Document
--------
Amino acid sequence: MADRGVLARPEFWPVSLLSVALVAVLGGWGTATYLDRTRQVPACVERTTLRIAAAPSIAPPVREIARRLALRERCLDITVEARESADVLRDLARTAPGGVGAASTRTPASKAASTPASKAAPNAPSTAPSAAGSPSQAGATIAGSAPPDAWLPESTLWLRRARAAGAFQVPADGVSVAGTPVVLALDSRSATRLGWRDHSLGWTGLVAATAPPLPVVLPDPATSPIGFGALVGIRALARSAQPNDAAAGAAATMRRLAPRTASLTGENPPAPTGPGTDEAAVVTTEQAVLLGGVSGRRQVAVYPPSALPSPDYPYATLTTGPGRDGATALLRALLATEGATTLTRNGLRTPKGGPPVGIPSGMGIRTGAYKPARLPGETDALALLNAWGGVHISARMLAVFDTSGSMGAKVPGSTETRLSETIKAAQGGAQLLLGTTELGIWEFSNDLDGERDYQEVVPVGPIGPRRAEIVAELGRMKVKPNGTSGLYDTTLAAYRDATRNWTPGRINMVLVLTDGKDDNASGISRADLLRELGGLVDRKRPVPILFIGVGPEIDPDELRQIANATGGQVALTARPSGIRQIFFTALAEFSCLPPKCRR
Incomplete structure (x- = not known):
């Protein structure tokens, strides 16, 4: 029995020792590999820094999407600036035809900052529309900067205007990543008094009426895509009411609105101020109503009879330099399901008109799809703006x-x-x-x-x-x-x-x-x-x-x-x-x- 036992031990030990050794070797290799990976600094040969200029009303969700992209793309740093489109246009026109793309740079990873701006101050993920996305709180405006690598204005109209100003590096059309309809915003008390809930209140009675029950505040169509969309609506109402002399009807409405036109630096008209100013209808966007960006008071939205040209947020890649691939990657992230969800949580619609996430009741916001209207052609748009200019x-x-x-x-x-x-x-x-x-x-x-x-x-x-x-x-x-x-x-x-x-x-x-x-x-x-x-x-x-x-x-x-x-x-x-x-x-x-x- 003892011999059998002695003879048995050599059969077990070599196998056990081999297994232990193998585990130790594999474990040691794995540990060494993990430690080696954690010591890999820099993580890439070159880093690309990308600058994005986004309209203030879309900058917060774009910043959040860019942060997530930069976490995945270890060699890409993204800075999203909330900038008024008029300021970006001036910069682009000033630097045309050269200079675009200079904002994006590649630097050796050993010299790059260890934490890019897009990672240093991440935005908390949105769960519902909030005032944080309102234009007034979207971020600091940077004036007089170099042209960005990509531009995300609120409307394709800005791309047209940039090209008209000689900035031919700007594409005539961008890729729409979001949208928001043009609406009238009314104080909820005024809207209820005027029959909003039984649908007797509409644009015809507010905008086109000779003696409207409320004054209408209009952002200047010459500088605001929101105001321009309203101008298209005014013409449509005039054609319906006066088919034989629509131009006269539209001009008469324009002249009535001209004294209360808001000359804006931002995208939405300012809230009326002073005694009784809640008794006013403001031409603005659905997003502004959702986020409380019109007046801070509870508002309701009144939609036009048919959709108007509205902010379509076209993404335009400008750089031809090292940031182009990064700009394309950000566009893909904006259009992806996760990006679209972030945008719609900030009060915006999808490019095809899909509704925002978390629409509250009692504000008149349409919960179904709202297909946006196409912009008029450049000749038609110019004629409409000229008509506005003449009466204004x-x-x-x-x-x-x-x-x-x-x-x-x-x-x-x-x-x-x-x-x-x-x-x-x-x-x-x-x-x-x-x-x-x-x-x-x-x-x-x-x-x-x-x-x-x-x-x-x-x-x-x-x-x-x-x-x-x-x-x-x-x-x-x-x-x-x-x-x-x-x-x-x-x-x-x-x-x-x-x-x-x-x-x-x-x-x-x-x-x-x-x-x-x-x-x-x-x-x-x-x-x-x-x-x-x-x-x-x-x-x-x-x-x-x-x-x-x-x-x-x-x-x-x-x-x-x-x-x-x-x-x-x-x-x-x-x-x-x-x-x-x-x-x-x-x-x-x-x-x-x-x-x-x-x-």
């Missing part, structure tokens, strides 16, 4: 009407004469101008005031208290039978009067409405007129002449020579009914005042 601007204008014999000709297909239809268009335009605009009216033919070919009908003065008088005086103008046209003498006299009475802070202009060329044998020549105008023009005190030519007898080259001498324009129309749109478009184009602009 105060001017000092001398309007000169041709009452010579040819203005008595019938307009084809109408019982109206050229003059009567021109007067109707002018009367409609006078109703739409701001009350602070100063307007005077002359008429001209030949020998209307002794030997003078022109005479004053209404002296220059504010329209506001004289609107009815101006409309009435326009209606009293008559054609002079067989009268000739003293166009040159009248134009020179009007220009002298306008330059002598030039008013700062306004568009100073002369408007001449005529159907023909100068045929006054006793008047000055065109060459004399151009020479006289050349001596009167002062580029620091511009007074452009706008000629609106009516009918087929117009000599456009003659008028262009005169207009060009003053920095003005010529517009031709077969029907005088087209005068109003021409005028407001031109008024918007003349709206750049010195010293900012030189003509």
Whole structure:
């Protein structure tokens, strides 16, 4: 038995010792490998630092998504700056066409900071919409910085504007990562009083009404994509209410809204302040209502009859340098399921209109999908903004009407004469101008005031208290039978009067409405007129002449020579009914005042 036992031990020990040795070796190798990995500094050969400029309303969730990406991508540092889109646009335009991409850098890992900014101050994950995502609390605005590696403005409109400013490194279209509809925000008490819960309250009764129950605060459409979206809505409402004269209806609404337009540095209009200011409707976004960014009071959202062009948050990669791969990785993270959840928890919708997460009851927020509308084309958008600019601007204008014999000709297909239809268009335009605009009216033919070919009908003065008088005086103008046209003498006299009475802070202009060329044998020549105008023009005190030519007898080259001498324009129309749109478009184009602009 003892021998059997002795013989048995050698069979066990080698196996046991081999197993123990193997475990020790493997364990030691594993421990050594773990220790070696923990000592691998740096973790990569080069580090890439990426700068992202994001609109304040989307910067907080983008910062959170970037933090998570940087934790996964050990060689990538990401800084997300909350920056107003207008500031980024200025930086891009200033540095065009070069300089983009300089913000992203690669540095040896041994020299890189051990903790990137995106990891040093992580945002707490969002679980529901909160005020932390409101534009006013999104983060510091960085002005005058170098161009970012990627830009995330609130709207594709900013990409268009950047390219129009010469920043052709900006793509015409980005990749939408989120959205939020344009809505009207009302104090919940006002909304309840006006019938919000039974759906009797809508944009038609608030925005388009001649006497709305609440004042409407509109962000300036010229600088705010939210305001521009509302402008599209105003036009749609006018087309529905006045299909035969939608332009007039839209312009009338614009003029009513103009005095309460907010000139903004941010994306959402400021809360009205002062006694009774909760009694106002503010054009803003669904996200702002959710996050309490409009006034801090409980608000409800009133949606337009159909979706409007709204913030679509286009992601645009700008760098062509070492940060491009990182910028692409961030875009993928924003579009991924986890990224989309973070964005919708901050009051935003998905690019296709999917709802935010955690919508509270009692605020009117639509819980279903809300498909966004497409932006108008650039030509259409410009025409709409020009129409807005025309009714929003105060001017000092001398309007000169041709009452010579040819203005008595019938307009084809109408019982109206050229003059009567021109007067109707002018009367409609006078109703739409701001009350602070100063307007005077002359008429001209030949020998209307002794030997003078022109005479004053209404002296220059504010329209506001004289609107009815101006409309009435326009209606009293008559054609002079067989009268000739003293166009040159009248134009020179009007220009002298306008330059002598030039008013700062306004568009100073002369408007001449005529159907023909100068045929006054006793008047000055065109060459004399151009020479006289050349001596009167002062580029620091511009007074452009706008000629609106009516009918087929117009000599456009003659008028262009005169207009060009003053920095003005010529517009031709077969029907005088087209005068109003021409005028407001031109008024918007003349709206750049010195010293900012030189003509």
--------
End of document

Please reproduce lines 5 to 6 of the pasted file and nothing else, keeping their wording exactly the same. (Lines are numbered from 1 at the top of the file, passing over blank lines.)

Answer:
Whole structure:
């Protein structure tokens, strides 16, 4: 038995010792490998630092998504700056066409900071919409910085504007990562009083009404994509209410809204302040209502009859340098399921209109999908903004009407004469101008005031208290039978009067409405007129002449020579009914005042 036992031990020990040795070796190798990995500094050969400029309303969730990406991508540092889109646009335009991409850098890992900014101050994950995502609390605005590696403005409109400013490194279209509809925000008490819960309250009764129950605060459409979206809505409402004269209806609404337009540095209009200011409707976004960014009071959202062009948050990669791969990785993270959840928890919708997460009851927020509308084309958008600019601007204008014999000709297909239809268009335009605009009216033919070919009908003065008088005086103008046209003498006299009475802070202009060329044998020549105008023009005190030519007898080259001498324009129309749109478009184009602009 003892021998059997002795013989048995050698069979066990080698196996046991081999197993123990193997475990020790493997364990030691594993421990050594773990220790070696923990000592691998740096973790990569080069580090890439990426700068992202994001609109304040989307910067907080983008910062959170970037933090998570940087934790996964050990060689990538990401800084997300909350920056107003207008500031980024200025930086891009200033540095065009070069300089983009300089913000992203690669540095040896041994020299890189051990903790990137995106990891040093992580945002707490969002679980529901909160005020932390409101534009006013999104983060510091960085002005005058170098161009970012990627830009995330609130709207594709900013990409268009950047390219129009010469920043052709900006793509015409980005990749939408989120959205939020344009809505009207009302104090919940006002909304309840006006019938919000039974759906009797809508944009038609608030925005388009001649006497709305609440004042409407509109962000300036010229600088705010939210305001521009509302402008599209105003036009749609006018087309529905006045299909035969939608332009007039839209312009009338614009003029009513103009005095309460907010000139903004941010994306959402400021809360009205002062006694009774909760009694106002503010054009803003669904996200702002959710996050309490409009006034801090409980608000409800009133949606337009159909979706409007709204913030679509286009992601645009700008760098062509070492940060491009990182910028692409961030875009993928924003579009991924986890990224989309973070964005919708901050009051935003998905690019296709999917709802935010955690919508509270009692605020009117639509819980279903809300498909966004497409932006108008650039030509259409410009025409709409020009129409807005025309009714929003105060001017000092001398309007000169041709009452010579040819203005008595019938307009084809109408019982109206050229003059009567021109007067109707002018009367409609006078109703739409701001009350602070100063307007005077002359008429001209030949020998209307002794030997003078022109005479004053209404002296220059504010329209506001004289609107009815101006409309009435326009209606009293008559054609002079067989009268000739003293166009040159009248134009020179009007220009002298306008330059002598030039008013700062306004568009100073002369408007001449005529159907023909100068045929006054006793008047000055065109060459004399151009020479006289050349001596009167002062580029620091511009007074452009706008000629609106009516009918087929117009000599456009003659008028262009005169207009060009003053920095003005010529517009031709077969029907005088087209005068109003021409005028407001031109008024918007003349709206750049010195010293900012030189003509």